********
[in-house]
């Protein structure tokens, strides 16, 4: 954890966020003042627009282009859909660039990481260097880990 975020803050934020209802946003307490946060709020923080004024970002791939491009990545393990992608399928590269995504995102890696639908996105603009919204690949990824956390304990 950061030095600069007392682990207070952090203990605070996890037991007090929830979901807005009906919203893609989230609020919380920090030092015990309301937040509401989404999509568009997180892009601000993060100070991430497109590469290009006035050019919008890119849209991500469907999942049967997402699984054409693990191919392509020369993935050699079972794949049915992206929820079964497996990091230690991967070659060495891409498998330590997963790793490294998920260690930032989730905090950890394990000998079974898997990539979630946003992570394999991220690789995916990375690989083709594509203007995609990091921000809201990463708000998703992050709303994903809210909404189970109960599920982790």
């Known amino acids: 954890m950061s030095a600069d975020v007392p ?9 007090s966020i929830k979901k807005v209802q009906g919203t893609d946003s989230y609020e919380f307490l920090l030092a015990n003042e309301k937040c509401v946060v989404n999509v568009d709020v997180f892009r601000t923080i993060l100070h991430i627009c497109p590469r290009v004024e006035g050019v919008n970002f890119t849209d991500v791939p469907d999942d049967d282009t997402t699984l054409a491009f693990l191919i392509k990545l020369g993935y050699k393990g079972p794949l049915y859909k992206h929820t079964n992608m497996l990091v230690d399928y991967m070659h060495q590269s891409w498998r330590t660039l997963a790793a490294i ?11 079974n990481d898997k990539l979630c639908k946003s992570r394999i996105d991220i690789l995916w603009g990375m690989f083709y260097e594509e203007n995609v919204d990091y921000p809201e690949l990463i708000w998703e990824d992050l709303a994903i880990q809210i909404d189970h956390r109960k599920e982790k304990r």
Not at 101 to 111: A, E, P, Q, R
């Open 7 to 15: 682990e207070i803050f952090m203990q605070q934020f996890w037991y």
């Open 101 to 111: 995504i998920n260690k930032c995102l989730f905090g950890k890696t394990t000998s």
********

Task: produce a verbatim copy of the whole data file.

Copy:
[in-house]
């Protein structure tokens, strides 16, 4: 954890966020003042627009282009859909660039990481260097880990 975020803050934020209802946003307490946060709020923080004024970002791939491009990545393990992608399928590269995504995102890696639908996105603009919204690949990824956390304990 950061030095600069007392682990207070952090203990605070996890037991007090929830979901807005009906919203893609989230609020919380920090030092015990309301937040509401989404999509568009997180892009601000993060100070991430497109590469290009006035050019919008890119849209991500469907999942049967997402699984054409693990191919392509020369993935050699079972794949049915992206929820079964497996990091230690991967070659060495891409498998330590997963790793490294998920260690930032989730905090950890394990000998079974898997990539979630946003992570394999991220690789995916990375690989083709594509203007995609990091921000809201990463708000998703992050709303994903809210909404189970109960599920982790």
């Known amino acids: 954890m950061s030095a600069d975020v007392p ?9 007090s966020i929830k979901k807005v209802q009906g919203t893609d946003s989230y609020e919380f307490l920090l030092a015990n003042e309301k937040c509401v946060v989404n999509v568009d709020v997180f892009r601000t923080i993060l100070h991430i627009c497109p590469r290009v004024e006035g050019v919008n970002f890119t849209d991500v791939p469907d999942d049967d282009t997402t699984l054409a491009f693990l191919i392509k990545l020369g993935y050699k393990g079972p794949l049915y859909k992206h929820t079964n992608m497996l990091v230690d399928y991967m070659h060495q590269s891409w498998r330590t660039l997963a790793a490294i ?11 079974n990481d898997k990539l979630c639908k946003s992570r394999i996105d991220i690789l995916w603009g990375m690989f083709y260097e594509e203007n995609v919204d990091y921000p809201e690949l990463i708000w998703e990824d992050l709303a994903i880990q809210i909404d189970h956390r109960k599920e982790k304990r």
Not at 101 to 111: A, E, P, Q, R
């Open 7 to 15: 682990e207070i803050f952090m203990q605070q934020f996890w037991y």
């Open 101 to 111: 995504i998920n260690k930032c995102l989730f905090g950890k890696t394990t000998s």